MISSION STATEMENT

There are animal welfare vegans and animal only-fight-against-other-vegans abolitionist vegans. V-EGANISM is neither. Just as there are positive things and negative things about conservatives and liberals, there are positive things and negative things about welfarists and abolitionists. V-EGANISM avoids all 4 "political parties", and remains as an independent in thoughts and actions, only choosing what is right and just for animals, humans, and the environment. V-EGANISM however does have a mission statement which is how the founder of veganism, Donald Watson, originally coined the word's definition. It was a perfect definition then and it still is a perfect definition now! So the following paragraph is V-EGANISM's official Mission Statement--and nothing more, nothing less, we are simply called, "Vegan Activists", with no additives:

"V-EGANISM educates people and helps people and animals regarding the political and social justice cause, Veganism, which is a philosophy and way of living which seeks to exclude--as far as is possible and practical--all forms of exploitation of, and cruelty to, animals for food, clothing, cosmetics, household products, entertainment, service or any other purpose; and by extension, promotes the development and use of animal-free alternatives for the benefit of humans, animals, and the environment."

Healthy Body, Mind & Spirit Maneki Neko Cat

Healthy Body, Mind & Spirit Maneki Neko Cat

Love & Peace Maneki Neko Cat

Love & Peace Maneki Neko Cat

Friday, January 11, 2013

Adopt a Rescued Bird Month




When people say they've adopted a rescued animal, we tend to think of either dogs or cats. But birds are adopted as rescued also.

January is Adopt a Rescued Bird Month. Many people may not realize that along with the large number of dogs, cats, and other animals that enter shelters, many birds do too. Each year thousands of birds are relinquished to shelters when their owners decide they no longer want them or cannot take care of them properly. Most birds live eight years or longer, and a parrot's life span can rival that of a human, as some birds can live to be 60-80 years old and are a great commitment by their human companions. Bird companionship is a long-term commitment that requires dedication that often surpasses that of dog or cat ownership. While smaller birds have shorter life spans, human guardians are still encouraged to research the bird they hope to provide a home for in order to make certain that they are prepared for the special needs of their new feathered friend. Also, adopters need to consider the finances involved with vet visits, good-quality varied food, a proper-size cage, and toys. Guardians also need to realize that birds--especially those in the parrot family--thrive on social interaction. So if you are not home often, a bird might not be the right choice for you.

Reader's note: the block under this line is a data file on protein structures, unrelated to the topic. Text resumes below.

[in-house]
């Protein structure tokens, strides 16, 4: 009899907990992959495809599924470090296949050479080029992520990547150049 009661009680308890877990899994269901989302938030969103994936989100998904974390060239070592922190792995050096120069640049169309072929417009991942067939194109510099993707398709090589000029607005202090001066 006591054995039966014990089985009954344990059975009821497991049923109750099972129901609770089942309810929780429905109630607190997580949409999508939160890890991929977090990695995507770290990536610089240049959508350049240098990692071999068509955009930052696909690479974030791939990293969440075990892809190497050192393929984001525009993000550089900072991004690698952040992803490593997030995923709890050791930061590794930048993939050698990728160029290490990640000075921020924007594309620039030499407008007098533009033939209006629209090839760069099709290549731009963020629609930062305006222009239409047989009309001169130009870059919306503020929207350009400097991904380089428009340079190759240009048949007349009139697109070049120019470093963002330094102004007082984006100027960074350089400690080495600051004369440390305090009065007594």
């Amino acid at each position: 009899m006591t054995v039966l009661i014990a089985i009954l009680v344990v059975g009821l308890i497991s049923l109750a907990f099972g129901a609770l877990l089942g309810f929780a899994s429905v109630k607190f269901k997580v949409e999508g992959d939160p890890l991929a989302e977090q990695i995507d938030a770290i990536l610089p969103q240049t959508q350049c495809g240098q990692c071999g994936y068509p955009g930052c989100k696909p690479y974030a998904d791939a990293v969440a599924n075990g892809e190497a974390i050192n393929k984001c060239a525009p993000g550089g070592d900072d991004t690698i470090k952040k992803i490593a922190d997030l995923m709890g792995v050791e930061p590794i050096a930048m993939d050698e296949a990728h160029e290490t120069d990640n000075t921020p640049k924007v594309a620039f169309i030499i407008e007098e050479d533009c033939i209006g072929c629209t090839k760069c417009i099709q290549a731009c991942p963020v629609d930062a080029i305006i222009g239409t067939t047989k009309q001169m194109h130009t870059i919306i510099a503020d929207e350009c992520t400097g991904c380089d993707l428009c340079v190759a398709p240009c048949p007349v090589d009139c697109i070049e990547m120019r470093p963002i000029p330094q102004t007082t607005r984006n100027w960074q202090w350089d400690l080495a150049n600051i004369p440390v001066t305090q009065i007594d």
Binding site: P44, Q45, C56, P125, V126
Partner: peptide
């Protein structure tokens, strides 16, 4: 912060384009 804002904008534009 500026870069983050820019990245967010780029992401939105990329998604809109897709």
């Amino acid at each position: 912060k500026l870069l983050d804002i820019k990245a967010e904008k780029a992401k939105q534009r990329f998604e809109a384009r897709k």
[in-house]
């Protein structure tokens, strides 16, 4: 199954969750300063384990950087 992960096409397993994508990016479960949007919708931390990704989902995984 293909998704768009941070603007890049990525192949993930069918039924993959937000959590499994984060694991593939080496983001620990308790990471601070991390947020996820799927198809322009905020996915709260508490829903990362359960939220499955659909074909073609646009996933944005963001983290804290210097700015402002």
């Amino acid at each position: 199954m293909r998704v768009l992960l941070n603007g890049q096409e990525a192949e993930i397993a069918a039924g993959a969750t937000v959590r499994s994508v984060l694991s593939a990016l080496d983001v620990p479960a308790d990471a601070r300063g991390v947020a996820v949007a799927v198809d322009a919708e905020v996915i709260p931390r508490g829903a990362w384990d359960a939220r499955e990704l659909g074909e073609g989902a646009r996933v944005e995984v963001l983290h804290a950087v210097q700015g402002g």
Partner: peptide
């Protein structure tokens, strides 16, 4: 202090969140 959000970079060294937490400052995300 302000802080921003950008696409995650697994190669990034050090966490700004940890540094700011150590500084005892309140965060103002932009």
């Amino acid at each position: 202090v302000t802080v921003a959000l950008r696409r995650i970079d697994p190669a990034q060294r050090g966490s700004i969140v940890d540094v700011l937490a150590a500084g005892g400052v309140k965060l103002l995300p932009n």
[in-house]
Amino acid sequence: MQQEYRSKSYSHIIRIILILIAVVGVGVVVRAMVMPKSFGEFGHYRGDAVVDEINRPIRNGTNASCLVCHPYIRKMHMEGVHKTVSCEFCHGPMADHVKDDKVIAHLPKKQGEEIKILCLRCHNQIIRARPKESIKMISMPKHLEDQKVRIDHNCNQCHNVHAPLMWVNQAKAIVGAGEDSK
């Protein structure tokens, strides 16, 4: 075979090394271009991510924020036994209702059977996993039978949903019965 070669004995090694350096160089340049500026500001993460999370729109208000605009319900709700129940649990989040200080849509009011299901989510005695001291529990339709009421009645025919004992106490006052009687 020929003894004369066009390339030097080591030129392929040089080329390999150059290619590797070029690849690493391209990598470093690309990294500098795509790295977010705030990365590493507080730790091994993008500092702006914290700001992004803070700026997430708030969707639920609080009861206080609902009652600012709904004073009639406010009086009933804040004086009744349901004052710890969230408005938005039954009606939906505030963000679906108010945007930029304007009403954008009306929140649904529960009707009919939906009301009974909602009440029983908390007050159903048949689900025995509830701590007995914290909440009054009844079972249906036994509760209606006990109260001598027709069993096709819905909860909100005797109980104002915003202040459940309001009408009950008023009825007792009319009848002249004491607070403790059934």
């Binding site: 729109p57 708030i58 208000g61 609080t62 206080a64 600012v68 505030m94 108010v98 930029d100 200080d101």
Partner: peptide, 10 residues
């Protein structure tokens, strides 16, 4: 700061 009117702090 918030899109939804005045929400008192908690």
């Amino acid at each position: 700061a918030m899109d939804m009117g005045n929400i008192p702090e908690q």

Many guardians do not realize that birds often require specialized veterinary care and should always be seen by a vet that is familiar with birds, so seeking the advice and knowledge of an avian veterinarian is helpful, both before and after adoption of a new bird. Birds are sensitive and intelligent companions that will surprise you with their beauty and song.

Here are other things to consider:

Birds can be noisy. Birds sing and chirp, but they also squawk and screech. Not all of their vocalizations are soothing and pleasant; some can be downright ear-splitting. Take this into consideration, especially if you live in an apartment building.

Birds like space. Provide your feathered friend with the largest cage possible—no space is too big for a creature adapted to flying through jungles and across savannas. A typical cage for small birds should be about 25 inches tall and 25 inches from front to back.

Birds are sensitive to their environment. It is important to place your bird's cage in a warm, bright area, close to where the action is but away from drafts and direct sunlight. Avoid kitchens at all costs—birds are extremely sensitive to fumes from self-cleaning ovens and Teflon-coated cookware.

Birds are social butterflies. Birds can be every bit as loving and affectionate as dogs or cats. In fact, they should be taken out of their cages and handled every day for at least an hour. Daily exercise and ample out-of-cage time are the keys to a happy, well-adjusted bird.

Birds need exercise. Just like any other creature, birds can become overweight and unhealthy if they don't get enough exercise. It's important to let your bird out of his cage each day for free flight.

Birds are naturally clean. Like cats, birds are self-cleaners, as they preen their feathers daily. No smelly shampoos or flea baths for this feathered pal, keep up your bird's good looks with a simple nail trim.

Each species has its own specific characteristics and habits, so do some research into which bird would be best for you. Birds need proper nutrition, room to exercise and clean living conditions in order to be healthy and happy. Be sure to understand how to feed and care for your bird before you get one.

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